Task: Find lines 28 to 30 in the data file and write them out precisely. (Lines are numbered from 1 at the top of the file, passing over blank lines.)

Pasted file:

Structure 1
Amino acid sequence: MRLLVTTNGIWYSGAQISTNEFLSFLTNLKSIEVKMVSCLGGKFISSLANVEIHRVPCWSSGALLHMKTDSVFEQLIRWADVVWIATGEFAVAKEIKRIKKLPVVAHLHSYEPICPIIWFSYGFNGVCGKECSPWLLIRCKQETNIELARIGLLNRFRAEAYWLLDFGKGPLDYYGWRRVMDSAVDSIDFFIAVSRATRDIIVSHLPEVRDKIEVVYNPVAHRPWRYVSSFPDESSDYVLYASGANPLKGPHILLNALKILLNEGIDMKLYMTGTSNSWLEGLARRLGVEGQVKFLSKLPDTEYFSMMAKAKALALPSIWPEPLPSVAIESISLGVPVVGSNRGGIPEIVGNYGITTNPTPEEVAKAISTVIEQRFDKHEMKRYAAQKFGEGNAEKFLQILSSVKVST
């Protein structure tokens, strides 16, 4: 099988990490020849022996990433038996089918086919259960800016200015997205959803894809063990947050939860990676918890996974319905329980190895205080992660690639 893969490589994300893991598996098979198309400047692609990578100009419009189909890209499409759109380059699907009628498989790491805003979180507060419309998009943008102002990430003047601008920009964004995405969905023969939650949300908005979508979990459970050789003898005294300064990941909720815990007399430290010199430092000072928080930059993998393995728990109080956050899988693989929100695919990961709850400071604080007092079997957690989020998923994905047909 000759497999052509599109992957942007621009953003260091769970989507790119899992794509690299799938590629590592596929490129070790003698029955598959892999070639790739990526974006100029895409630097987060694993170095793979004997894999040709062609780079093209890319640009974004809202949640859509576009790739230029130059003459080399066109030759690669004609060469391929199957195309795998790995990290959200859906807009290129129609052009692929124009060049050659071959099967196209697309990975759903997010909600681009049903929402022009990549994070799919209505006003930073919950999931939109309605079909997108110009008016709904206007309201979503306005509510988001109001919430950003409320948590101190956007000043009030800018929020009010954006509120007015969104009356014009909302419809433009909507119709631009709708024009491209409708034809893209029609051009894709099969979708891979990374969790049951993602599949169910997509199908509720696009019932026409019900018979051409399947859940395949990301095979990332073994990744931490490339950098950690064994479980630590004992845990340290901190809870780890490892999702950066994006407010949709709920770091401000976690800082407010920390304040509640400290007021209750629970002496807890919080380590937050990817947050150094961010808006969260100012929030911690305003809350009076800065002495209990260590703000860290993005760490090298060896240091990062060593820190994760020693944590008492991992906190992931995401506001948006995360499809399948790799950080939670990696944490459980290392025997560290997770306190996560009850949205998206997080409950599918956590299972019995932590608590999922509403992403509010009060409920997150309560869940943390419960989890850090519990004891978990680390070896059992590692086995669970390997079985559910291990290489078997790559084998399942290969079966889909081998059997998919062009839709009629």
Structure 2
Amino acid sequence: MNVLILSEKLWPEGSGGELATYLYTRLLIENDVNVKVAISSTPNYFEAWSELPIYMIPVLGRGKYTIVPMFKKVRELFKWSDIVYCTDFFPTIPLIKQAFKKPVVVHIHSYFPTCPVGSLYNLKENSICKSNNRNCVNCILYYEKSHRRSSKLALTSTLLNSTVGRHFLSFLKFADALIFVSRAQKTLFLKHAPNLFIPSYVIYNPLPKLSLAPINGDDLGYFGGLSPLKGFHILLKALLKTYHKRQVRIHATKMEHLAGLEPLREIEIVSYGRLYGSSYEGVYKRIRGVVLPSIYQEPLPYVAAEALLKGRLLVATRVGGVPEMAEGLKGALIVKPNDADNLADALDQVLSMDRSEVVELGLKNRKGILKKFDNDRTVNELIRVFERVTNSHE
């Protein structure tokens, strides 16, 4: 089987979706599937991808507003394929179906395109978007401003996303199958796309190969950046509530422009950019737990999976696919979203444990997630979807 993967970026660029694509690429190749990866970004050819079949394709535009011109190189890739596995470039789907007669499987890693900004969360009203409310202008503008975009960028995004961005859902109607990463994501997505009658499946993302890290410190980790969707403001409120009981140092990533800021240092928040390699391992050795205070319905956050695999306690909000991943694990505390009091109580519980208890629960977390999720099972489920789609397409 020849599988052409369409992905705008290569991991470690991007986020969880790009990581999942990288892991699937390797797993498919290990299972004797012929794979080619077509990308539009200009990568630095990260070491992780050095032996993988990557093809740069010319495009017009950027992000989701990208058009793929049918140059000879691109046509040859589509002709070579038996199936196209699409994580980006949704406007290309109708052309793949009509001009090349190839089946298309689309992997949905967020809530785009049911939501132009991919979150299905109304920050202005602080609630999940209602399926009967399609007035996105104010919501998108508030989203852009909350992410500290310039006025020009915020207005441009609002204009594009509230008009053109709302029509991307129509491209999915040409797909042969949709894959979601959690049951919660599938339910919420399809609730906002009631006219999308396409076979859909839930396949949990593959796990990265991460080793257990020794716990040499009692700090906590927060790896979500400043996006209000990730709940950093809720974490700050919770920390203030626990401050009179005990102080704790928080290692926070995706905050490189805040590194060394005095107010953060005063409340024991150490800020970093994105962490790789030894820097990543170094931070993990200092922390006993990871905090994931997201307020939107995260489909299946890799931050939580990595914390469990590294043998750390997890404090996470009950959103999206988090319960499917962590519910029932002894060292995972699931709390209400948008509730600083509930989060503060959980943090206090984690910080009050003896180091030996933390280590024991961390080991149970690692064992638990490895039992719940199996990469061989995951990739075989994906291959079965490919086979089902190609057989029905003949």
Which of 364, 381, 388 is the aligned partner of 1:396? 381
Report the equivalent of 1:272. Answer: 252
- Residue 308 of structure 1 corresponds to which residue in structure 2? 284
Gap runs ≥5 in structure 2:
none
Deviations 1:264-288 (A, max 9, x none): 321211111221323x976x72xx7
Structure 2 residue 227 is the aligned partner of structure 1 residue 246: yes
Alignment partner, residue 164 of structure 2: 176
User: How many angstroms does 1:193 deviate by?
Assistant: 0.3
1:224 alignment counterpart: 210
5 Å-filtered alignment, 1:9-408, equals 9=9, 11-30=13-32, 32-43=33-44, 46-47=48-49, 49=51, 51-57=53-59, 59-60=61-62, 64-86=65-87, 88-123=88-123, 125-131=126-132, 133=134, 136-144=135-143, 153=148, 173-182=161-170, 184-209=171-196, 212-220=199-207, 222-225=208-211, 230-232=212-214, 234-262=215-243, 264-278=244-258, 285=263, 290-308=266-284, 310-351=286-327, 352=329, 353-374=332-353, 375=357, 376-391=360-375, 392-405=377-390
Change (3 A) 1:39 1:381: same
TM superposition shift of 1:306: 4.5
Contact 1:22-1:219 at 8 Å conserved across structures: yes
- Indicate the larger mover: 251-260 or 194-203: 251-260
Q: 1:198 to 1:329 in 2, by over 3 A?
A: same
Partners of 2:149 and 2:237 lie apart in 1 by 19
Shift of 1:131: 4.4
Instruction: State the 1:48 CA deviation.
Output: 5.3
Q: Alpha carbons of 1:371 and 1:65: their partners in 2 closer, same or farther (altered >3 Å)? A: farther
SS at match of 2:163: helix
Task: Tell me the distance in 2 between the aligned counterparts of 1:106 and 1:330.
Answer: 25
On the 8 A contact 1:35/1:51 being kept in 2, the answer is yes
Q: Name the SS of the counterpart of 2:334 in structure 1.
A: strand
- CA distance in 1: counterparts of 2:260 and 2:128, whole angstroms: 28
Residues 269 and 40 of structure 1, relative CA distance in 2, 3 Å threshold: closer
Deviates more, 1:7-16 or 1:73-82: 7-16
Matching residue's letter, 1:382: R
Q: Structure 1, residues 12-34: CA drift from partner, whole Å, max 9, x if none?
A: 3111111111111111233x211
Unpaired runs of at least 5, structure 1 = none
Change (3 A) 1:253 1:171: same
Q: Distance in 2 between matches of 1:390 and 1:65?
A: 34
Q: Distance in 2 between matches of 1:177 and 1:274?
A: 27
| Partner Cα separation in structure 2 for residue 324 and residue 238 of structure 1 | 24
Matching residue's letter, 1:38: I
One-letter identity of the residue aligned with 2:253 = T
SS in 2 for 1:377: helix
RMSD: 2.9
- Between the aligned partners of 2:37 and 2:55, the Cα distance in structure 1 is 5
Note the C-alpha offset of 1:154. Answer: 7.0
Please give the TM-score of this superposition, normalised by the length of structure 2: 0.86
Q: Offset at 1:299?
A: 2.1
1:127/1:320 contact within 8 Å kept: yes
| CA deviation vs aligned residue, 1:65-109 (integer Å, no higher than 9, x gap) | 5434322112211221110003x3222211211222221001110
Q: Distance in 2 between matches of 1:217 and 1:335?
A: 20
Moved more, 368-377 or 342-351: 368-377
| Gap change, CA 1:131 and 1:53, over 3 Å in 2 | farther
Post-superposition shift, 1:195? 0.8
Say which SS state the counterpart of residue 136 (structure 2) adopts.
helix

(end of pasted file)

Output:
Output: 5.3
Q: Alpha carbons of 1:371 and 1:65: their partners in 2 closer, same or farther (altered >3 Å)? A: farther
SS at match of 2:163: helix